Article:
It’s hard to believe but C1 Espresso first opened 20 years ago. In that time they’ve treated patrons to more than just coffee and fancy teas – C1 is known as the kind of place where unexpected things happen. An old sewing machine dispenses drinking water, a sliding bookcase acts as an automatic door, curly-fries are delivered by pneumatic tube and so on, and so on.
Still, I was surprised to hear they had published a book, even more surprised to hear that the book in question, Let’s take a walk, is their second effort (the first being about growing coffee in the pacific).
I spoke to C1’s Sam Crofskey about Let’s take a walk, in part to try and understand why a café would put together a kids’ pop-up book about the Christchurch earthquakes. It’s an unusual fit.
The motivation comes from a very real place, one that a lot of Christchurch people can relate to, of wanting to move on. And like a lot of things in the genre of earthquake recovery, it didn’t happen overnight.
“We’ve taken four years to do this from a desire to get it right – partly because we’re putting our names to it, partly because of the subject matter,” says Crofskey.
Crofskey and C1 were early returners to the Central City, post-quake. They reopened in 2012 and have been much praised as “heroes of the rebuild” but Crofskey admits that this hasn’t always sit comfortably with him as it seemed to imply that everything was okay with them, as he explains, “our home was in the central city – we couldn’t move on”.
An idea was, if you’ll forgive the coffee-related pun, percolating.
Initially Crofskey enlisted artist friend Hannah Beehre to update the C1 menus with artwork of earthquake damaged city buildings. What she made, drawings of before and after, hacked up and rearranged as collage, were great but there was a problem.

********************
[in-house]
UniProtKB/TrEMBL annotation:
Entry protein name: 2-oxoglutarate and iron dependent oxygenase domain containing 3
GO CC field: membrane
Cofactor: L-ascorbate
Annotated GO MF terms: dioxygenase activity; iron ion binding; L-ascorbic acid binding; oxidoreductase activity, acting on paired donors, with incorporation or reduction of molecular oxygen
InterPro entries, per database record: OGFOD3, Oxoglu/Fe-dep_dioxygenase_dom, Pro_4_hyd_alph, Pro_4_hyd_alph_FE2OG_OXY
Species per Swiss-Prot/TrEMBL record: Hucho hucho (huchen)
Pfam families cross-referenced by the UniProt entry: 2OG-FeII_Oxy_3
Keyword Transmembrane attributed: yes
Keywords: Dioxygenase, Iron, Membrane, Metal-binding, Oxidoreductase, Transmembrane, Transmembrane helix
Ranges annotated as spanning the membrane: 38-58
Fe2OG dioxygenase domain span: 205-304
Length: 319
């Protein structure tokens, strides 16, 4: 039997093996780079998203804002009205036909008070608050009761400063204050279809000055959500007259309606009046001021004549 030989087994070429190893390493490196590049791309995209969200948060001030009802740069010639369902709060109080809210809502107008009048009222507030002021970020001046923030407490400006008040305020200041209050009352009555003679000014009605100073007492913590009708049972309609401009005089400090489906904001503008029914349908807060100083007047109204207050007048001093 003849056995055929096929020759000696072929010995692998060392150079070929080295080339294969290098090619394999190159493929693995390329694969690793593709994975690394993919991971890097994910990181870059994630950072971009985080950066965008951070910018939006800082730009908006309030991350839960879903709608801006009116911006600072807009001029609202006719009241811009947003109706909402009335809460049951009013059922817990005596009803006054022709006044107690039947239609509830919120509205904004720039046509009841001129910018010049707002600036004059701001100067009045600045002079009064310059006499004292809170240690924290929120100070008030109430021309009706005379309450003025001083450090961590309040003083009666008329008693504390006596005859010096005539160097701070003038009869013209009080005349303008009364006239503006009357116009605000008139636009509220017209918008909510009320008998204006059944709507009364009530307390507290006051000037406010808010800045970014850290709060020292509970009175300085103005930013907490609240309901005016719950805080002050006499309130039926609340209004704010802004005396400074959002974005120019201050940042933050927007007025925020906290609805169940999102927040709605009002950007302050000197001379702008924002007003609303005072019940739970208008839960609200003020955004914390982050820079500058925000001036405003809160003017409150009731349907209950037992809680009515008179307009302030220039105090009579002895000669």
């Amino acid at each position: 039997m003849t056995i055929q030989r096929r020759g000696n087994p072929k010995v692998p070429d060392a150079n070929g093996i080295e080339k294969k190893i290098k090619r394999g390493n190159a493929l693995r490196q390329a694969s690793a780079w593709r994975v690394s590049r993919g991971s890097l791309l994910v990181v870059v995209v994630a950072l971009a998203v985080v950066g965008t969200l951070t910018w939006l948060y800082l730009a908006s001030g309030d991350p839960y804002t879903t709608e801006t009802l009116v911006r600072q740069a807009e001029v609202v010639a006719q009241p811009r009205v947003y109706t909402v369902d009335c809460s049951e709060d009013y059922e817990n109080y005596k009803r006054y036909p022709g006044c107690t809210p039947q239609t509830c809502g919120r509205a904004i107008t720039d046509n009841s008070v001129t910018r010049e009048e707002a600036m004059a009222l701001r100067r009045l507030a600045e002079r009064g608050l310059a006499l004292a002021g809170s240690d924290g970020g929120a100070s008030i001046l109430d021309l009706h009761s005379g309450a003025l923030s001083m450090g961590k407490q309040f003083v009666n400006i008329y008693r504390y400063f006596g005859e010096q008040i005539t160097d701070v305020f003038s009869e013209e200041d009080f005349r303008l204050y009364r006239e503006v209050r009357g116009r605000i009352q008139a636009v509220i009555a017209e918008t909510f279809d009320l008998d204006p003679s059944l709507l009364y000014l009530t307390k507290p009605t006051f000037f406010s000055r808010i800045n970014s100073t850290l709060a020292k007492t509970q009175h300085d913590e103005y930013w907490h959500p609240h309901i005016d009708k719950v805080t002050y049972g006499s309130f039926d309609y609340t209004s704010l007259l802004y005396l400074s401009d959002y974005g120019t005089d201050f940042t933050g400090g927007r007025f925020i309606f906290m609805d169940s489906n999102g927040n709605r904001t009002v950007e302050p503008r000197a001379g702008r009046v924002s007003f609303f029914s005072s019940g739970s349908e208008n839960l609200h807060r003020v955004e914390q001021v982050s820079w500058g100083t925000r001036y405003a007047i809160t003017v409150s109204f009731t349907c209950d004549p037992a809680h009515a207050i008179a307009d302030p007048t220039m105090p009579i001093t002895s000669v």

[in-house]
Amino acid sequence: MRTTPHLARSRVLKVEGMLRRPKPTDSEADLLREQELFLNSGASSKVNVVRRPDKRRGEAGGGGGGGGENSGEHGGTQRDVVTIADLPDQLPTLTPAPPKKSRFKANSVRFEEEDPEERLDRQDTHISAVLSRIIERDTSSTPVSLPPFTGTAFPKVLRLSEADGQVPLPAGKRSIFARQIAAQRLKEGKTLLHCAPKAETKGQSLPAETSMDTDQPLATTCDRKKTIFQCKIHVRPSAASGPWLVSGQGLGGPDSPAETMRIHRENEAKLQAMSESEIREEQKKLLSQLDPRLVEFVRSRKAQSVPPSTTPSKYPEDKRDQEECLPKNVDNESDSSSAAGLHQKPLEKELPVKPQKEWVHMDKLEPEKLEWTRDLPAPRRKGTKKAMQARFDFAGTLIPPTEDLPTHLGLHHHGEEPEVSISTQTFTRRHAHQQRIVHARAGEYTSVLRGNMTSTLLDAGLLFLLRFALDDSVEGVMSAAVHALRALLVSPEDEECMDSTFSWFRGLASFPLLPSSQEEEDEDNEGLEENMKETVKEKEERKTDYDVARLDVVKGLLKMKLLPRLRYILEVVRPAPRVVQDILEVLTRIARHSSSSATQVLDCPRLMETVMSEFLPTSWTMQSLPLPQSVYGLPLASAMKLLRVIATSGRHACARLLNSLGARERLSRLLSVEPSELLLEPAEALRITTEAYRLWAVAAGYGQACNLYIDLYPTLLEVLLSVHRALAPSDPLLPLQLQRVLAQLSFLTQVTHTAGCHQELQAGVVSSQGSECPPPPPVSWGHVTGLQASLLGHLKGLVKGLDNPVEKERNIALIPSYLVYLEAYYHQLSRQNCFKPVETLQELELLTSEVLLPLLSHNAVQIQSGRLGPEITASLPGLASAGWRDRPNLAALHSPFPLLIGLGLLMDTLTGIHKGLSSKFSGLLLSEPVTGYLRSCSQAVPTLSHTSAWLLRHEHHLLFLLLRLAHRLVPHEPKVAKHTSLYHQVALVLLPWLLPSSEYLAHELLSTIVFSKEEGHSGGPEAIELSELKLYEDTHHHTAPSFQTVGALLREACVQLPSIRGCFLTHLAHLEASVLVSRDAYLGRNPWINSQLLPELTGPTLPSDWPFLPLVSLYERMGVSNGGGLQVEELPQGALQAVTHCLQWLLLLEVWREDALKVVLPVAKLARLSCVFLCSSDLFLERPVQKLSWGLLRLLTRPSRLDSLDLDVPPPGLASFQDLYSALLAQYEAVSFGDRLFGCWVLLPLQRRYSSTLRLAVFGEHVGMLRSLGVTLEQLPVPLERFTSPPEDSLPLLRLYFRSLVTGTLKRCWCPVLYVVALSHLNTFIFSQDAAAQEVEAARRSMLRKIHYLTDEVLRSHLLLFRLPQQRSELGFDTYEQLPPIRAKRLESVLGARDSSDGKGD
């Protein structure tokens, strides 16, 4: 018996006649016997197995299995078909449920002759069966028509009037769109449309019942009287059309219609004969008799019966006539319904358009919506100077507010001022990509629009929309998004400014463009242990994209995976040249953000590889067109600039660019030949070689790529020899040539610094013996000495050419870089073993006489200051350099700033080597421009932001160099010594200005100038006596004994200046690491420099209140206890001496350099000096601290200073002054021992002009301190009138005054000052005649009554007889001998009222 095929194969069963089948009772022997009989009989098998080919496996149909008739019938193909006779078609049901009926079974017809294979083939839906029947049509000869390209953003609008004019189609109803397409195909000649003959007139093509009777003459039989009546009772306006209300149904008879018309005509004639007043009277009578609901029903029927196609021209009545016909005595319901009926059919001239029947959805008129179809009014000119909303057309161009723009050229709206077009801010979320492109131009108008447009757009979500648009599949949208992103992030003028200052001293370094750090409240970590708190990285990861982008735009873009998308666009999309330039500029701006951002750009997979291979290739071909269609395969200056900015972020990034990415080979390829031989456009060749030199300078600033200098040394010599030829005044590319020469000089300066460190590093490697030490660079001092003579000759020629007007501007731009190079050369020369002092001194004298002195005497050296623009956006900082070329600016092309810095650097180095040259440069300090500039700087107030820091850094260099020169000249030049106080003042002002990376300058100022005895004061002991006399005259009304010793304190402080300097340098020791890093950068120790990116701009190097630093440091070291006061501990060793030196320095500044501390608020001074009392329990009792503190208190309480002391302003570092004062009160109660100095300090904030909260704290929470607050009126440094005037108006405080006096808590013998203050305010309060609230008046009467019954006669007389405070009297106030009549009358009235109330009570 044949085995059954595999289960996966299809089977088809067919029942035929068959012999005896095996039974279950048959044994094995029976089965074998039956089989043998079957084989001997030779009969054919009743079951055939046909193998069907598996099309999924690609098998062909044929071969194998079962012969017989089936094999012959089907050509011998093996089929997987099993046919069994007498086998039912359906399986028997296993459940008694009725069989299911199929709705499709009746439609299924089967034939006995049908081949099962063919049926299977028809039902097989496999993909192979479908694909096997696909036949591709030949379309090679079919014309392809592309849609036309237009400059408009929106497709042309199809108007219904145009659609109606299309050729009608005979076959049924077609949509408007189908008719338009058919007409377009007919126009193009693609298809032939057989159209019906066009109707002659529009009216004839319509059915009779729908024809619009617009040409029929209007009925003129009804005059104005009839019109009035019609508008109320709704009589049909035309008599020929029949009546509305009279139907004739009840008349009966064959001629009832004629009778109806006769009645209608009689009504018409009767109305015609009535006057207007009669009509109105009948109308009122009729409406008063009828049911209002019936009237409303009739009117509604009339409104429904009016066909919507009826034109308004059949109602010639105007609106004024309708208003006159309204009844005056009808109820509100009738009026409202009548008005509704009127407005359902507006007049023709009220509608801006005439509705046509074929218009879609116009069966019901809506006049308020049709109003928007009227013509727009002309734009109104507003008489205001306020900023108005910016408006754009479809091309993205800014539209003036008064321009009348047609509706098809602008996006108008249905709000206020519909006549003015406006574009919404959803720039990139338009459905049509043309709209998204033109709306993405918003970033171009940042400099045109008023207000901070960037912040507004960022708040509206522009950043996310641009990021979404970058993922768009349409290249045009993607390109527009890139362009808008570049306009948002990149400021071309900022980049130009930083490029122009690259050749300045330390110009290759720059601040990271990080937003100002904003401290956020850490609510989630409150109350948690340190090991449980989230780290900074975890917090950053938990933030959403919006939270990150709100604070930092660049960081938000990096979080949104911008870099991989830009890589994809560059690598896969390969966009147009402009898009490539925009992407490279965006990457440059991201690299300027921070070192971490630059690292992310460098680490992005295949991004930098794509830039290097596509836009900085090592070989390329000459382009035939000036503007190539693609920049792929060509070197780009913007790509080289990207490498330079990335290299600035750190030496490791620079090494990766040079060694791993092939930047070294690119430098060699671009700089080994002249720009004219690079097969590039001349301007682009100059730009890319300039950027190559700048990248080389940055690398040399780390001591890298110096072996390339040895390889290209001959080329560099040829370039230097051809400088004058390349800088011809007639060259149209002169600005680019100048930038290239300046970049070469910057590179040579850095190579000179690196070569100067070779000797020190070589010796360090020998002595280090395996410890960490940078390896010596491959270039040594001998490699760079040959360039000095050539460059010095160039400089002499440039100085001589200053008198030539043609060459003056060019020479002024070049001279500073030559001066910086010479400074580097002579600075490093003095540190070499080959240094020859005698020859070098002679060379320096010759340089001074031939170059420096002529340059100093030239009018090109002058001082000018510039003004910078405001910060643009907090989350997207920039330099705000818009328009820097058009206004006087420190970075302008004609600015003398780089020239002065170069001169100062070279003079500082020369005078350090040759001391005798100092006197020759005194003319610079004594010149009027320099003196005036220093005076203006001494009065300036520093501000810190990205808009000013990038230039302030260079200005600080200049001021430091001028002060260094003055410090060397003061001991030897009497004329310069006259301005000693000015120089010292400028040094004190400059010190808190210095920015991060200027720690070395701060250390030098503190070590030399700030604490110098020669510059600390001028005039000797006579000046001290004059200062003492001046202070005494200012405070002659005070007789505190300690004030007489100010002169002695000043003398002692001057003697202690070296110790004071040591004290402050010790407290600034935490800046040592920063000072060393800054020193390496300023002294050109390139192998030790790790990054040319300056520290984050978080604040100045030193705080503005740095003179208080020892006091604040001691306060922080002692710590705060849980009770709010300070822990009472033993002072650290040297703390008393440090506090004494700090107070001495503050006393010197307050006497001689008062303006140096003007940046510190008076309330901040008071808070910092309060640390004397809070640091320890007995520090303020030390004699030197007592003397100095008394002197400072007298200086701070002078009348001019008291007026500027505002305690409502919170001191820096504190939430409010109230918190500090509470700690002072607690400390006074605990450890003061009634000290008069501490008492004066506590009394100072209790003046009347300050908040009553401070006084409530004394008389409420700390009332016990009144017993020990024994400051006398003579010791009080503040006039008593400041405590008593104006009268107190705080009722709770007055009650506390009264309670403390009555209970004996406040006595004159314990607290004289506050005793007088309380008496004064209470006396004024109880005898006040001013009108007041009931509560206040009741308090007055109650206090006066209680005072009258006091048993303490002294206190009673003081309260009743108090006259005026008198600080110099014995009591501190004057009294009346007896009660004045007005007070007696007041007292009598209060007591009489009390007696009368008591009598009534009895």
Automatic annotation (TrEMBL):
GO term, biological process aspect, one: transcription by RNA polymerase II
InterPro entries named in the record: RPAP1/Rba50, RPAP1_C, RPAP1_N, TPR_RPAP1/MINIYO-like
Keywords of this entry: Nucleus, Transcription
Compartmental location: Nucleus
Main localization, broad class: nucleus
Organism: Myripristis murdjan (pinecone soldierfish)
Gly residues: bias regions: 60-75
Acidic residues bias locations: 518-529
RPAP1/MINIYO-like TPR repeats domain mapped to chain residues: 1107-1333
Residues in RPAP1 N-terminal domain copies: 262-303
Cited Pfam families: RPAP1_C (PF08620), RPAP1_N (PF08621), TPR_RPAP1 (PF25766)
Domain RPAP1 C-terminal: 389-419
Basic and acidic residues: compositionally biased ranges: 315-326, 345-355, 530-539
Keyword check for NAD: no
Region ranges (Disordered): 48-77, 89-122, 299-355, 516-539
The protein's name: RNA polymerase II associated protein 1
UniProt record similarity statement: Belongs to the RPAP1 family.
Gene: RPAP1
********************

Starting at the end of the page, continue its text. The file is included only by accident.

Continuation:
“They were too sad and full-on to have them in the café”, says Crofskey.
So Beehre “softened” the images with the addition of brightly coloured diggers and other demolition vehicles. They added words too. A story grew of “someone who is just trying to explain it (the earthquake) to their kids”.
Crofskey has a young family himself and he even refers to the book as “… an ode to my long-suffering wife and two children”.
Getting the tone of the book right was, he admits, a challenge but he’s happy that “it’s fundamentally a kids’ book”, but one that has things to say that only the adults reading will understand. Poignancy. Loss. Cynicism.
For example, the ending is upbeat, looking towards a shining future… but grown-ups may read it in a different, more cynical way.
“The view of the future is really great – it’s the only picture that’s in full colour – a kind of Wizard of Oz sort of thing. But that’s kind of me taking the piss out of the blue-print and stuff like that.”
Even the choices of which buildings to include in the book aren’t without subtext.
“The Cathedral’s not in it – that’s not a mistake”, says Crofskey making reference to the broken ChristChurch Cathedral as a symbol of a lack of earthquake recovery – an inappropriate choice for a book in which the overriding message is one of moving on and looking forward to the future.
“But kids don’t pick up on that stuff,” says Crofskey drawing parallels with family-friendly films, “it’s like a Pixar movie, is what it is”.
And get ready to feel things when you open Let’s take a walk, as Crofskey claims “we haven’t had an adult who hasn’t been really upset by it”.
Curious to know more? The Let’s take a walk book launch is on tomorrow, Wednesday, 24 August 6pm and is a free WORD Christchurch event. All welcome.
Sam Crofskey will also be appearing in How Are We Doing, Christchurch?, Fri 26 Aug, 11.15am